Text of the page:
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How to run clinical trials in the Middle East - Saudi Arabia

This article was originally published in Scrip

Executive Summary

The population of Saudi Arabia is around 27 million, with a GDP per capita of $20,700. The country's healthcare expenditure represents 3.4% of GDP – $379 per capita based on 2006 figures.

Saudi Arabia's wealth has grown over the past few decades as a result of oil revenues. At the same time, it has seen a surge in the incidence of non-communicable diseases. As the population became richer, the amount of exercise undertaken has fallen away, and diets comprising mainly lean foods were replaced with those with high fat content.

Saudi Arabia's population growth rate and total fertility rate (TFR) are the highest in the Gulf and among the top three in the Middle East North Africa (MENA) region.

The Saudi population is projected to increase to almost 28 million by 2013. The government says it will not be able to sustain healthcare finance at the current level. Therefore, it is looking to restructure the health sector, moving facilities from the public to the private sector. The government hopes this move will increase the quality of domestic healthcare services so that patients will not seek advanced treatment abroad as often as they do today. Access to healthcare in general is 100% for Saudi citizens.

Figure 6. Clinical trials in Saudi Arabia
Source: TrialTrove; Chart: Paul Wilkinson/Sneha Sowdi

Clinical trials in Saudi Arabia are overseen by the Saudi Food and Drug Authority (SFDA), which was established in March 2003. The guidelines on clinical trials, which are in line with global standards, were issued by the SFDA in 2006 and should be fully implemented this year. The SFDA has also published the "Regulatory Framework for Drugs Approval", which offers information on the requirements for the conduct of clinical trials. Protocol approval for pre-marketed products takes about 20 weeks.

CROs generally agree that Saudi Arabia is a good place to carry out clinical trials because:

  • it has allocated $32 billion towards higher education, training, science and technology and academic R&D;
  • it spends $6.5 billion on private and public sector hospital and clinic projects;
  • it has a large population base, with only 4% over the age of 65 years;
  • it is developing regulations to match global standards in clinical trials;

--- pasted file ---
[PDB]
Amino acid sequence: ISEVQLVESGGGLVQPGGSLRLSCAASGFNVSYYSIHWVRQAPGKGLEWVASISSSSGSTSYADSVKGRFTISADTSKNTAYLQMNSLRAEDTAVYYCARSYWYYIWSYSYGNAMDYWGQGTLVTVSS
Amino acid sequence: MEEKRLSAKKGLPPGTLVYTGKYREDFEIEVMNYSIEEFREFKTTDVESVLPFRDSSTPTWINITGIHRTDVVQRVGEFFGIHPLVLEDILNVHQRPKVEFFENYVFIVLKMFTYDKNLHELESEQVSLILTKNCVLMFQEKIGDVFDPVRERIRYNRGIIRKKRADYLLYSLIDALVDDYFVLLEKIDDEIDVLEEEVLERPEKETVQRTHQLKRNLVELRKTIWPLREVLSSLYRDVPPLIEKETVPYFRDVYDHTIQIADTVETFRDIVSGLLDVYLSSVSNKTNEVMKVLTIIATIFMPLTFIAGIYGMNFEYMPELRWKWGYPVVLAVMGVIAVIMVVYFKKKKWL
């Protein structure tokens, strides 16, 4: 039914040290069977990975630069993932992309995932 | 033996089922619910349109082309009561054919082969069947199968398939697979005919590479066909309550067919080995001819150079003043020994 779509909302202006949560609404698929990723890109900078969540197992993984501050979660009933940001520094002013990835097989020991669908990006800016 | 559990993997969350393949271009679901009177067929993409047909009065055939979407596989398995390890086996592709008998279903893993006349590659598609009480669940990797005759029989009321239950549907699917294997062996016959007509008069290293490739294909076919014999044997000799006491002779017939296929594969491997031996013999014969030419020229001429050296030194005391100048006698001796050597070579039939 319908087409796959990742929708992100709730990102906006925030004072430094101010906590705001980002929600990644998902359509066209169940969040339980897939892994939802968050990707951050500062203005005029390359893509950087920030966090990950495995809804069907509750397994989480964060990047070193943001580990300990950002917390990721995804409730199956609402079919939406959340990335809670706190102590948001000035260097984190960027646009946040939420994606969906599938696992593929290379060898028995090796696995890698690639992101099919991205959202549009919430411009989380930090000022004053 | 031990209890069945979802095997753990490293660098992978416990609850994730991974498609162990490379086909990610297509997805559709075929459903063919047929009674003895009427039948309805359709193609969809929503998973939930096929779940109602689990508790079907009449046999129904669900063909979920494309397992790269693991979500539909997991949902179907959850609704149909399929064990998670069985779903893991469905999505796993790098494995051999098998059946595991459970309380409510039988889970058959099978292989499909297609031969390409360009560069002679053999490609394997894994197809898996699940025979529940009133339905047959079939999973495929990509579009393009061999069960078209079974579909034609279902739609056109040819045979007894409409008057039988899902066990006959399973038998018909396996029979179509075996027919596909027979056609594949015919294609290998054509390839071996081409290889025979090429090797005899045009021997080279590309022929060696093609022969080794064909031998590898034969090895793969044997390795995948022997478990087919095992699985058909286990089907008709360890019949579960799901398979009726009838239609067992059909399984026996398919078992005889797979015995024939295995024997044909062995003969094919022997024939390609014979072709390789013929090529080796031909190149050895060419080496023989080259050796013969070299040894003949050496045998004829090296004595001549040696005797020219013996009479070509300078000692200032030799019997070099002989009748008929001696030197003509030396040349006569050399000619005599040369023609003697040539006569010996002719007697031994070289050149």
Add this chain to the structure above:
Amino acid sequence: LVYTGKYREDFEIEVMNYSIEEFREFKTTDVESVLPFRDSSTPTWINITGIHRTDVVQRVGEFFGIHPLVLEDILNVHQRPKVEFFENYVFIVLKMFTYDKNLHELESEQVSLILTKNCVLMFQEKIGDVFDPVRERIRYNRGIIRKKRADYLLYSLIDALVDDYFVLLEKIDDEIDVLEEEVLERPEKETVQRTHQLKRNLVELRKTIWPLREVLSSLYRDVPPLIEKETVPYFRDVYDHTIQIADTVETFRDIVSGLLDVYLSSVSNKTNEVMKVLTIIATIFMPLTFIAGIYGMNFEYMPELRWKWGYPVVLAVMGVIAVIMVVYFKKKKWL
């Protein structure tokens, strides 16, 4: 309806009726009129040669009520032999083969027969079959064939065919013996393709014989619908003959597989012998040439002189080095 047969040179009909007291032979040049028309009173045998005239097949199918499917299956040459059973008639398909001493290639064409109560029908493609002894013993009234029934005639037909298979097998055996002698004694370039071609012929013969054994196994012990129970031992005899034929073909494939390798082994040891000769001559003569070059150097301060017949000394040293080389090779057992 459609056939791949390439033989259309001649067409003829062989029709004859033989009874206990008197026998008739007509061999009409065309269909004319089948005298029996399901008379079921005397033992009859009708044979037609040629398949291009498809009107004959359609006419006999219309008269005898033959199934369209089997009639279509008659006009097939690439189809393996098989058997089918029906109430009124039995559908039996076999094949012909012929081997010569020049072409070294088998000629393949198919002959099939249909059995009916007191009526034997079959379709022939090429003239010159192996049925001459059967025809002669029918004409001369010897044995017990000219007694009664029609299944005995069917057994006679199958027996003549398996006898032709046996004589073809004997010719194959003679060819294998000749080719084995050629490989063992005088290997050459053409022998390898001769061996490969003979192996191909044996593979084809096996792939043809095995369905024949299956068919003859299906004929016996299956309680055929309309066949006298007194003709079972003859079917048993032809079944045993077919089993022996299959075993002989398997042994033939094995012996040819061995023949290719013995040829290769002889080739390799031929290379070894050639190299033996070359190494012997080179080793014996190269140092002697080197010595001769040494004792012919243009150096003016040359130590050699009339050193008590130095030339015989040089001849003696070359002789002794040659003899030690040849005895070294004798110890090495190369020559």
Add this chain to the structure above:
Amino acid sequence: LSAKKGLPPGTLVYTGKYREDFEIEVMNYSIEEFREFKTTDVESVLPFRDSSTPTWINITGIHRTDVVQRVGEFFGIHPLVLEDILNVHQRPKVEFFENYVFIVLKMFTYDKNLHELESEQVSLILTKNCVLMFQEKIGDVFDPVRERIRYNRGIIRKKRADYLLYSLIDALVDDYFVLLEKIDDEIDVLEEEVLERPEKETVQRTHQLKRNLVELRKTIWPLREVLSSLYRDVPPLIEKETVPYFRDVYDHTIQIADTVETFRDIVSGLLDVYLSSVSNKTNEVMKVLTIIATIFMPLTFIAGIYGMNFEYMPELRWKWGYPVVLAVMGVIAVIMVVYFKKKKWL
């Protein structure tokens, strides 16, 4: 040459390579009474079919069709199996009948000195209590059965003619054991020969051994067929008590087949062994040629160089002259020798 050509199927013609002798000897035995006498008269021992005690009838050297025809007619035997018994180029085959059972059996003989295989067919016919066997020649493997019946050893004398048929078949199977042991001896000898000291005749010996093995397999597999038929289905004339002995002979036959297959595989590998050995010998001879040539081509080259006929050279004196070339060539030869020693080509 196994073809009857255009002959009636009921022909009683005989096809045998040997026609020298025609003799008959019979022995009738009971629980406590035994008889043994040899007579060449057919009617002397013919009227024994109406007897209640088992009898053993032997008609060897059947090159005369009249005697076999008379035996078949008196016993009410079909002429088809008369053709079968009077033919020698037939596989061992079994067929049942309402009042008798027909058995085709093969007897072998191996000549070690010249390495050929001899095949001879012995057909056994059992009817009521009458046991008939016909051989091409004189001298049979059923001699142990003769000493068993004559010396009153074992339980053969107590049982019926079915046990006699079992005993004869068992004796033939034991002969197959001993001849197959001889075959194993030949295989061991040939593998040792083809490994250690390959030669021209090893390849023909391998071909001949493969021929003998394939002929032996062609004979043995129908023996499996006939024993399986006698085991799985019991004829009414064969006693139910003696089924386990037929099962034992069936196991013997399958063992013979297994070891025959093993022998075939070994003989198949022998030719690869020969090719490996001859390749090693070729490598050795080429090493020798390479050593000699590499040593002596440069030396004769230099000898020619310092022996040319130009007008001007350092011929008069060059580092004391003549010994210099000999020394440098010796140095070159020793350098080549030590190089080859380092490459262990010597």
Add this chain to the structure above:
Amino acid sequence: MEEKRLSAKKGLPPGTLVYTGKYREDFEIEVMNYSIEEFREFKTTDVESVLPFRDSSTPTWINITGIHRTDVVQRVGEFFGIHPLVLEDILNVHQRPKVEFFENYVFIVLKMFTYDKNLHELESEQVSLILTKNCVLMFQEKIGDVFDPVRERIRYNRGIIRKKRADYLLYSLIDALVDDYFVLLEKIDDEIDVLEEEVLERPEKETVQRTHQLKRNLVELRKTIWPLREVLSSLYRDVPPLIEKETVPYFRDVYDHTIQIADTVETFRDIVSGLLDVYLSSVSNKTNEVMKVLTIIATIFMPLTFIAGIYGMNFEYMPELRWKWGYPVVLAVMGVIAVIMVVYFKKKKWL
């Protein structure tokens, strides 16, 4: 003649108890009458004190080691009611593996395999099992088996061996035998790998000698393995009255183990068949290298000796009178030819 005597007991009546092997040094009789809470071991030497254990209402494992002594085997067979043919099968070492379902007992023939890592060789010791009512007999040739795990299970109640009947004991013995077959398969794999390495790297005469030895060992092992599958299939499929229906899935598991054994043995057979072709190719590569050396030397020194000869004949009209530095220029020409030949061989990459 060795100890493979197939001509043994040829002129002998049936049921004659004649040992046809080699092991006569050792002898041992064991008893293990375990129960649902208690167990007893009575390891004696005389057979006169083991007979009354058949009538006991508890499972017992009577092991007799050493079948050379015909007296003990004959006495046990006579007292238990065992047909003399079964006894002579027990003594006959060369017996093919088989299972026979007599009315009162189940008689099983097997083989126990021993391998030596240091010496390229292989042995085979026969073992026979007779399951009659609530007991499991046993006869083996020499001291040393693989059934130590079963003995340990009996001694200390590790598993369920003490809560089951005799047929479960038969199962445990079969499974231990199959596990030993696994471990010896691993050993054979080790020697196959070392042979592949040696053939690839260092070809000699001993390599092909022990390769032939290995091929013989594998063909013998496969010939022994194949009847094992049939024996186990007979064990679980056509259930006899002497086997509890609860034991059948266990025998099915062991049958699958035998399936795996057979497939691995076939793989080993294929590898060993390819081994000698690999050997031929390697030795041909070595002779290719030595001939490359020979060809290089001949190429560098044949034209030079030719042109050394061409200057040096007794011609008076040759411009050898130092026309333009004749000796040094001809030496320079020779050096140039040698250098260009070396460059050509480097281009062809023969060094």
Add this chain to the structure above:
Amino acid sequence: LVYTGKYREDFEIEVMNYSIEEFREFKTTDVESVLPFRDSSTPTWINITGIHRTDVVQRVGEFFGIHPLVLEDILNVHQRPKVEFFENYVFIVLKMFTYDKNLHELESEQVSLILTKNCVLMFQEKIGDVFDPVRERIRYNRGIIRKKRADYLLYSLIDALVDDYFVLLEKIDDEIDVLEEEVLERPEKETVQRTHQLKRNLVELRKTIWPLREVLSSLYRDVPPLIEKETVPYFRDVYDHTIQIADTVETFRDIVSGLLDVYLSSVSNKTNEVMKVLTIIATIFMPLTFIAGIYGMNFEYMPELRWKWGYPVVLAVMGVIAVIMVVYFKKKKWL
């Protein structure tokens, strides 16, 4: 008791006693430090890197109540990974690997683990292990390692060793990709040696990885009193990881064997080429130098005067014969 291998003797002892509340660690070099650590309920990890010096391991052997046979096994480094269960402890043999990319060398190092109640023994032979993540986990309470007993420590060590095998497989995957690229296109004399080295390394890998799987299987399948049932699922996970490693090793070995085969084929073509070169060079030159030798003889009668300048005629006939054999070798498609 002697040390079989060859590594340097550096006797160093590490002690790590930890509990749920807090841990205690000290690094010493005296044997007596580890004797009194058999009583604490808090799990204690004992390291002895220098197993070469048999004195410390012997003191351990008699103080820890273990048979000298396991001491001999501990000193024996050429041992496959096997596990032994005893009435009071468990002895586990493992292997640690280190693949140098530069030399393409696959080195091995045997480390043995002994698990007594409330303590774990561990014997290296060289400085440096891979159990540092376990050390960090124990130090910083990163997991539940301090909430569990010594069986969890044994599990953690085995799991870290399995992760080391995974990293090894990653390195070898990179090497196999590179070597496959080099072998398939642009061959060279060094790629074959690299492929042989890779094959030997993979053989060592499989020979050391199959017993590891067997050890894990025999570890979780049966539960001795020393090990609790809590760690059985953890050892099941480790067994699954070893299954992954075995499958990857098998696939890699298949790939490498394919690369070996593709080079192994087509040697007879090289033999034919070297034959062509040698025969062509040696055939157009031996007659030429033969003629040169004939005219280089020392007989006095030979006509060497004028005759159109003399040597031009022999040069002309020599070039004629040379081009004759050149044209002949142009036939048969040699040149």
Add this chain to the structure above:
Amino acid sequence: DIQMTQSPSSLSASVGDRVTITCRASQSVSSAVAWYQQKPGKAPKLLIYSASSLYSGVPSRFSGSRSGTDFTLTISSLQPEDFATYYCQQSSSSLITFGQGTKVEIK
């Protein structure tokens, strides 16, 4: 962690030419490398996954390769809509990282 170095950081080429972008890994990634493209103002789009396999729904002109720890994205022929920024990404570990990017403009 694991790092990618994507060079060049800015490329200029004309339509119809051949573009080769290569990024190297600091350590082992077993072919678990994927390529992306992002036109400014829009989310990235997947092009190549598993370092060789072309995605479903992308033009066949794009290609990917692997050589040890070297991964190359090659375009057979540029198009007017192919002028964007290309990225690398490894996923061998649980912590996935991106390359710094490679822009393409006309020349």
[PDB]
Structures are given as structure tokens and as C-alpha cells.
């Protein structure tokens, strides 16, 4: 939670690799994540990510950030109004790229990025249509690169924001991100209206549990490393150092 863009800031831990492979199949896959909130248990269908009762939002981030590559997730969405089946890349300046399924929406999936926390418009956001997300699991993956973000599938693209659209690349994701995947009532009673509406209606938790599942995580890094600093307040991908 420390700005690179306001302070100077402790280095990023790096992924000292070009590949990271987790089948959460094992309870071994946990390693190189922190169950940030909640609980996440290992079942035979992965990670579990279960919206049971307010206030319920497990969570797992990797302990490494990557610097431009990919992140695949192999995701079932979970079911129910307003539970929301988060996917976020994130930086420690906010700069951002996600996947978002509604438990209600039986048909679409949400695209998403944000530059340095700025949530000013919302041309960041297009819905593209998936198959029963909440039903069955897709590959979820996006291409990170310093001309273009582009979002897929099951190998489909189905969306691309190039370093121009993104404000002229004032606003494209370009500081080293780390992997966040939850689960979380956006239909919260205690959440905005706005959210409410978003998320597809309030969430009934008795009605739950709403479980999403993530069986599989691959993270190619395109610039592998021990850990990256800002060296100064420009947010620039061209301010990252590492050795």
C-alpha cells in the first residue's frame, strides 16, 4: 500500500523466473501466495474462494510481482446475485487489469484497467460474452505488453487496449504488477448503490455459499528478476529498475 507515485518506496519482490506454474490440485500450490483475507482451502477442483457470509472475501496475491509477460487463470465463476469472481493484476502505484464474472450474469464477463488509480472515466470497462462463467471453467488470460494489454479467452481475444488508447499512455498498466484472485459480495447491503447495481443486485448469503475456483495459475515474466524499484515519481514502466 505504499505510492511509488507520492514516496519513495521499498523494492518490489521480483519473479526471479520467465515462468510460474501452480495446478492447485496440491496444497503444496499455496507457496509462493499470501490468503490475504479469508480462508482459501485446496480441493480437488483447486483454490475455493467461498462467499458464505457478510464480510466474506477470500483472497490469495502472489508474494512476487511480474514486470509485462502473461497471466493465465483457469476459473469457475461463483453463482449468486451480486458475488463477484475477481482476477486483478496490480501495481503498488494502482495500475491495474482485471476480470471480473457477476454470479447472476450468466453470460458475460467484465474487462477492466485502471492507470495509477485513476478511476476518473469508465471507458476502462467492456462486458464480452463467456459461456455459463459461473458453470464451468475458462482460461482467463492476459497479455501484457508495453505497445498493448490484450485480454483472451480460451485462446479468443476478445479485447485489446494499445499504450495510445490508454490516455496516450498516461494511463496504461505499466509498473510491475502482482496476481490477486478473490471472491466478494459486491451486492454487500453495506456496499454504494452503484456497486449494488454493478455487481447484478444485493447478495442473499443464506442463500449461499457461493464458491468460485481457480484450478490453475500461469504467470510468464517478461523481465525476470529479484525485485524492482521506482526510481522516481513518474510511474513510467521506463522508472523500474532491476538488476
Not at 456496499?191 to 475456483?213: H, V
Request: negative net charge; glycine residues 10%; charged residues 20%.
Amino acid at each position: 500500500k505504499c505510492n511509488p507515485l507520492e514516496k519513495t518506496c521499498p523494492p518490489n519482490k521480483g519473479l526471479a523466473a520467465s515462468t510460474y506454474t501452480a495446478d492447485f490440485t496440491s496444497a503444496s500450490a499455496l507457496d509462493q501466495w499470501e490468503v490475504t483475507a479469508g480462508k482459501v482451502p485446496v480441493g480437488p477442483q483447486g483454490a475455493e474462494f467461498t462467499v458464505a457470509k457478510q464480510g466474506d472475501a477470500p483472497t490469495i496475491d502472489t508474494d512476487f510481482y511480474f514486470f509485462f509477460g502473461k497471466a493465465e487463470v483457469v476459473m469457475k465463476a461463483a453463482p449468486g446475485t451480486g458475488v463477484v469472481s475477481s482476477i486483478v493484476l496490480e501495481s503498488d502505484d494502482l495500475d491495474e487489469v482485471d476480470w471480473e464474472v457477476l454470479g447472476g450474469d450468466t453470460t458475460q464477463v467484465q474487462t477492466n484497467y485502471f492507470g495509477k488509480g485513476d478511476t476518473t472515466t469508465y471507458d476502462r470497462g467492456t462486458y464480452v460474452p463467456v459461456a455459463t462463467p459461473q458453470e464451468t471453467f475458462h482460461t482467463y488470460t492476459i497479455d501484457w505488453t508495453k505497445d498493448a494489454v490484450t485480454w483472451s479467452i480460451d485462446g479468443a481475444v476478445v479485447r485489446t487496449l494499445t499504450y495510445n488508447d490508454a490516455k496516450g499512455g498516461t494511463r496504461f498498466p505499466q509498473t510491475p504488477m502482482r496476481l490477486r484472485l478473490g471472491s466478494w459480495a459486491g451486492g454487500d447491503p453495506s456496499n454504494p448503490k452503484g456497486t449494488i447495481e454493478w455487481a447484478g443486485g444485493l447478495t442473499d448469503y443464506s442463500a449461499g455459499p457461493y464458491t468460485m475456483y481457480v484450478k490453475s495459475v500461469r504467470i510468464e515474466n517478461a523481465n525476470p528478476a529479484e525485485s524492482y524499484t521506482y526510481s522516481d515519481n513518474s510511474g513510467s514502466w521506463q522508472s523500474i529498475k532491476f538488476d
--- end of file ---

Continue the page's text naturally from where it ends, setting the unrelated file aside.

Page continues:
• it has world-renowned research centres, such as the King Faisal Specialist Hospital and the King Fahad National Guard Hospital;
  • it is developing pharmacovigilance guidelines;
  • more than $25 million has been set aside to establish regional labs in different provinces. The move towards decentralisation of the healthcare system in general is viewed as good for patient recruitment;
  • studies are conducted according to ICH/GCP and adherence is good;
  • the King Faisal Hospital and Research Centres (KFSH&RC) in Riyadh and Jeddah have developed their own regulatory framework and, as such, are able to oversee and approve Phase II-IV clinical trials; and
  • clinical trial data are accurate and traceable.

The Research Advisory Council at the KFSH&RC promotes clinical and biomedical research and oversees ethical and clinical standards. It ensures that trials adhere to global ethical and safety standards, as well as the optimum use of resources. The SFDA is looking to use the KFSH&RC to oversee clinical trials across the kingdom.

Datamonitor believes that pharmacoeconomic analysis will be used in both private- and public-sector drug procurement. Insurers will look for methods to cut cost – pharmacoeconomic evaluations of drugs will therefore provide a powerful tool to curb pharmaceutical expenditure.

Multinational pharmaceutical companies should adopt a more localised approach to presenting data through the conduct of clinical trials in Saudi Arabia, especially for those that address some of the chronic conditions increasingly prevalent in the kingdom. This strategy would capture nuances specific to the region (such as ethnic genotypes that are common in the area), which have contributed to the significantly higher prevalence rates of chronic diseases, such as diabetes. Obtaining positive results from localised trials can generate better buy-in from the SFDA where pricing of pharmaceuticals is concerned, as well as from payers over drug reimbursement.

Outcomes from randomised clinical trials can also provide pharma companies with the opportunity to execute product life-cycle management strategies, such as indication expansion opportunities or dosage modifications, which could add to the feasibility of such strategies.

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